advaitam acyutam anādim ananta-rūpam
ādyaṁ purāṇa-puruṣaṁ nava-yauvanaṁ ca
vedeṣu durlabham adurlabham ātma-bhaktau
govindam ādi-puruṣaṁ tam ahaṁ bhajāmi
I worship Govinda, the original Person, who is inaccessible, even to the Vedas, but is attainable by pure bhakti. He is without a second, infallible, without beginning, with unlimited forms, primeval, and the most ancient personality, yet He is always beautiful, possessing fresh youth.
Advaita (one without a second) means advaya-jñāna-akhaṇḍa-tattva (the undivided Absolute Truth who is one without a second). Even though the effulgence of the unlimited Brahman emanates from Him and He appears as His Paramātmā expansion, He is akhaṇḍa (undivided). Acyuta (infallible) means that even though He externally manifests millions of avatāras as His svāṁśas (personal expansions), and infinitely unlimited jīvas manifest from Him as vibhinnāṁśas (separated expansions), He is supremely complete. Even after creating His pastimes of birth etc., He is anādi (without beginning). Although He withdraws His pastimes, He is ananta (unlimited). Despite being anādi, He displays a beginning (ādya) in His manifest pastimes such as His birth etc. Also, though He is actually an eternal personality, He eternally possesses fresh youth. The main point is that although He has so many contradictory qualities, all these attributes are harmonised through his acintya-śakti (inconceivable potency). This is His spiritual nature – in other words, His nature specifically differs from that which is mundane.
His beautiful, dark, three-fold bending form which carries the flute is always endowed with youth and He transcends the degradation of time and space that is present in māyā. The spiritual abode is devoid of past and future – only the spiritual present exists. The division between an object and it’s qualities, which is present in the fluctuating material plane, is not present in spiritual activities. Thus, all those qualities that seem to be contradictory according to an intelligence limited by the māyikā space and time of the mundane world, exist in the spiritual world in a compatible and excellent way. How does the jīva experience such an unprecedented existence? The mundane intellectual function of the jīva is always contaminated by the defects of time and space and he is incapable of relinquishing this māyika conception. If the intellectual function cannot perceive transcendence, then which function can experience pure spiritual variagatedness? In response, Brahmā states that spiritual activities are inaccessible to the Vedas. The Vedas originate from sound, and sound originates from material nature. Therefore, the Vedas cannot directly reveal the transcendental Goloka. When the Vedas are imbued with the cit-śakti, they can say something about this subject matter. However, a jīva can experience Goloka through the influence of the samvit-śakti when it combines with hlādinī, the essence of the cit-śakti (which arises as the tendency for bhakti within the jīva). The function of hlādinī in bhakti is infinite. It is comprised of pure transcendental knowledge. This knowledge, combined with bhakti, reveals the reality of Goloka – in other words, such knowledge does not identify itself as a separate reality, but as acquainted with exclusive bhakti.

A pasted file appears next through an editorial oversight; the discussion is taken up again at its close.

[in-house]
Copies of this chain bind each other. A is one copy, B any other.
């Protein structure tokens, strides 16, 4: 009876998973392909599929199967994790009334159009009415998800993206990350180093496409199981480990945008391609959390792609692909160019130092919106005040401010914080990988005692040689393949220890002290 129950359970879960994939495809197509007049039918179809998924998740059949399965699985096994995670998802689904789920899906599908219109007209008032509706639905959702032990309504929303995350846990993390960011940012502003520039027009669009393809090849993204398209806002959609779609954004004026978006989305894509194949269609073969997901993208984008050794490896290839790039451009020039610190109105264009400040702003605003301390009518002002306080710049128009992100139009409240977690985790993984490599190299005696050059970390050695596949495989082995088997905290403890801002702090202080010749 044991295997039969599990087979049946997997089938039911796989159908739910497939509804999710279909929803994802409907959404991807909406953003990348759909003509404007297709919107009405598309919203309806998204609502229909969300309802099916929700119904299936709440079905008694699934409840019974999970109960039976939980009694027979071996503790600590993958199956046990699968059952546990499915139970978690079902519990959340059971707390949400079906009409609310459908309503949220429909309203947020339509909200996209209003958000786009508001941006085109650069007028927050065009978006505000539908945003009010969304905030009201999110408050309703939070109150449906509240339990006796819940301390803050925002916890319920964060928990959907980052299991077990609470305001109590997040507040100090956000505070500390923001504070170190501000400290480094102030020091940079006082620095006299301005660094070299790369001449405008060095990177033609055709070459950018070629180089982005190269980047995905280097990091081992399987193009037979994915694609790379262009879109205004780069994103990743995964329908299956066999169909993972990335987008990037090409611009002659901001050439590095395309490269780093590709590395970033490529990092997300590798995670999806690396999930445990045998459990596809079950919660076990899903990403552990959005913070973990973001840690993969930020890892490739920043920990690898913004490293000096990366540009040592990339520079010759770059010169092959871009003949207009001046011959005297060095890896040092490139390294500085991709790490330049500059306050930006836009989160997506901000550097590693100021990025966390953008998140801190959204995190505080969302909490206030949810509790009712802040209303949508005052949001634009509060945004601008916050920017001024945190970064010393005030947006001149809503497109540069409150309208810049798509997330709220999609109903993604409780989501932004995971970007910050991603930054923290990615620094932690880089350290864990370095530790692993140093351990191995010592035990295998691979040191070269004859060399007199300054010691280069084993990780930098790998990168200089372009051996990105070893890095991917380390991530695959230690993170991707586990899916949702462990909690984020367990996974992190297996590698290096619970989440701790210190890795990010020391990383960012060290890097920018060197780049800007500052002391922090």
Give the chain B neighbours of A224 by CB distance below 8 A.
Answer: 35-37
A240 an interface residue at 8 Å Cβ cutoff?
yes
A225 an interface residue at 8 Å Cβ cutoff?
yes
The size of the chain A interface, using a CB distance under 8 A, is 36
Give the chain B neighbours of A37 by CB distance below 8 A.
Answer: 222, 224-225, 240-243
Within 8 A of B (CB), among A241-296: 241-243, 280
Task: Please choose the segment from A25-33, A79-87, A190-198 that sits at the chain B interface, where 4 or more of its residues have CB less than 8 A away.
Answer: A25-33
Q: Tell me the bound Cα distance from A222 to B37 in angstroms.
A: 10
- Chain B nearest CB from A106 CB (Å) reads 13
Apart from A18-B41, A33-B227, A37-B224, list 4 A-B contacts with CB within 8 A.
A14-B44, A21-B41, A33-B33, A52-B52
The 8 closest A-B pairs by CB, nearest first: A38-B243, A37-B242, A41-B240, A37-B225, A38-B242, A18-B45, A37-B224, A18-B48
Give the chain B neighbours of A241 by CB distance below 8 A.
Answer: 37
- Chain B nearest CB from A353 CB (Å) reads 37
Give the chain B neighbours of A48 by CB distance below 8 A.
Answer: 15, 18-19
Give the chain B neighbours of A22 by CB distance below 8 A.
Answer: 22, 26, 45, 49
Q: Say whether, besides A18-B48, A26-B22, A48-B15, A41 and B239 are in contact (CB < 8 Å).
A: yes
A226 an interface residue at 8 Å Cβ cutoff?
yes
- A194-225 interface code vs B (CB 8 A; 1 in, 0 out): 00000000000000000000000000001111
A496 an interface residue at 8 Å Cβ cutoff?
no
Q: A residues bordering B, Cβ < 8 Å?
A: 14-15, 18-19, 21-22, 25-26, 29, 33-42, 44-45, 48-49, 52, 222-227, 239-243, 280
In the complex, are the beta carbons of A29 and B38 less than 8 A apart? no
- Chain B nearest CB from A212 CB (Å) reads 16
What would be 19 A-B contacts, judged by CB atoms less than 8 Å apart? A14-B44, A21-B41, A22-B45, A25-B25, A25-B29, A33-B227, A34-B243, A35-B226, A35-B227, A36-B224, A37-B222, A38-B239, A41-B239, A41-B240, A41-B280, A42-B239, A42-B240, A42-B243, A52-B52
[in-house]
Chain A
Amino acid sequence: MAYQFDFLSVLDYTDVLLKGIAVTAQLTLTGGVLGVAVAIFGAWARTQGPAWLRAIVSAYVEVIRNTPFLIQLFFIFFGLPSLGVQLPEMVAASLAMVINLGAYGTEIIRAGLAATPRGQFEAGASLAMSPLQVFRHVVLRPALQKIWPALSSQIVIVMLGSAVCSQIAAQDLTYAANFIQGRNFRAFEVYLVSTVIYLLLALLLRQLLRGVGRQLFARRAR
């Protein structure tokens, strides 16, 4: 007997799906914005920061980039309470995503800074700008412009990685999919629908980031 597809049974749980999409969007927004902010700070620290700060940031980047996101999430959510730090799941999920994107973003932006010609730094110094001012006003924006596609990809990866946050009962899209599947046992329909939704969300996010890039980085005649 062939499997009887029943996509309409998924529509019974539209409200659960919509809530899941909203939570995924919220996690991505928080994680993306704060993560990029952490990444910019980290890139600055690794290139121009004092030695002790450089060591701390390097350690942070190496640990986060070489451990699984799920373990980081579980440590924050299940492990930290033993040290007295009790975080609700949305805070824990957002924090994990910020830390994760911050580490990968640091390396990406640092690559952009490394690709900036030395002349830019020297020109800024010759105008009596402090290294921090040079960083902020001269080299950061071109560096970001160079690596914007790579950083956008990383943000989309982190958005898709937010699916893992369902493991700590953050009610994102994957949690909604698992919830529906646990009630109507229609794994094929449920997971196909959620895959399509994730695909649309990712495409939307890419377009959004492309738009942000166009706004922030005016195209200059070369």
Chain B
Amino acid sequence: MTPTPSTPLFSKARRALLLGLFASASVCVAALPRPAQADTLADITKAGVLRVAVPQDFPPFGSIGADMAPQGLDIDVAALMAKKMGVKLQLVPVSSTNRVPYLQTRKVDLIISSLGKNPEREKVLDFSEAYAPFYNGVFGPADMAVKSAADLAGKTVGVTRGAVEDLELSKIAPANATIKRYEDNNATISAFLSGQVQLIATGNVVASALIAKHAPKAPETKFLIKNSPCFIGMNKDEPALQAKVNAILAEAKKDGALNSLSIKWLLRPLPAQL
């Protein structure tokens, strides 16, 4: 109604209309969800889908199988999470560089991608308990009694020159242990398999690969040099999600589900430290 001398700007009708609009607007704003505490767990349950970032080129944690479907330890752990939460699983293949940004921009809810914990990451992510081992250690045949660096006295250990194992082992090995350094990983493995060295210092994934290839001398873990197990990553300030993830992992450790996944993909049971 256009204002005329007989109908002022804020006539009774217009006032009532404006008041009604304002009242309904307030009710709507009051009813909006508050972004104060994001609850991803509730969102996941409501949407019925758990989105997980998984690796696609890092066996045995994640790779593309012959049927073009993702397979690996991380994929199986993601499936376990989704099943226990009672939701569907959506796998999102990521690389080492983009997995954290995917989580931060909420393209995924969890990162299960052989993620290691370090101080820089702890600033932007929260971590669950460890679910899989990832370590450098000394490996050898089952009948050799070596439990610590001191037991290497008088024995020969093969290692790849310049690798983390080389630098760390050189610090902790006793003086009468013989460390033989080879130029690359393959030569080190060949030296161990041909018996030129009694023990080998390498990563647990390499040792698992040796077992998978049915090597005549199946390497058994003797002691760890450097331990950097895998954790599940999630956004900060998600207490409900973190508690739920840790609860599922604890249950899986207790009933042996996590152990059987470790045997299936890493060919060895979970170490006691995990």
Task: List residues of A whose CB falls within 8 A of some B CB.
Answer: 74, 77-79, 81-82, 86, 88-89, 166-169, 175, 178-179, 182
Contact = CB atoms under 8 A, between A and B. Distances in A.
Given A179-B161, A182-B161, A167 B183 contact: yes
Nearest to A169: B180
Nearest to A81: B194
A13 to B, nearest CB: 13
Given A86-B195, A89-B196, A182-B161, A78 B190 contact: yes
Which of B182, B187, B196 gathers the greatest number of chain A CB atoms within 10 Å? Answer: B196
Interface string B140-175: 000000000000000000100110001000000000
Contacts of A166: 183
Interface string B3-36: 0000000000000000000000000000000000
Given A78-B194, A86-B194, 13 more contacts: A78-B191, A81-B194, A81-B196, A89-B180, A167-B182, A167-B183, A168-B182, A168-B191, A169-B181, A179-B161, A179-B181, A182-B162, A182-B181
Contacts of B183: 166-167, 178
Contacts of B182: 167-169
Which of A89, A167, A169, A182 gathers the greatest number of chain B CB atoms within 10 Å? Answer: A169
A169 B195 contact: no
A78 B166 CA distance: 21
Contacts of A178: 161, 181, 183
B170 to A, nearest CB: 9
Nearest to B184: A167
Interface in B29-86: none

panthās tu koṭi-śata-vatsara-sampragamyo
vāyor athāpi manaso muni-puṅgavānām
so ‘py asti yat-prapada-sīmny-avicintya-tattve
govindam ādi-puruṣaṁ tam ahaṁ bhajāmi
I worship Govinda, the original Person, the mere tips of whose lotus feet are achieved by those yogīs who practice prāṇāyāma, the path of regulating the breath, who desire that Reality who transcends mundane thought, and the great sages who reject whatever is unnecessary to attain the non-differentiated Brahman by following the path of contemplating jñāna for hundreds of millions of years.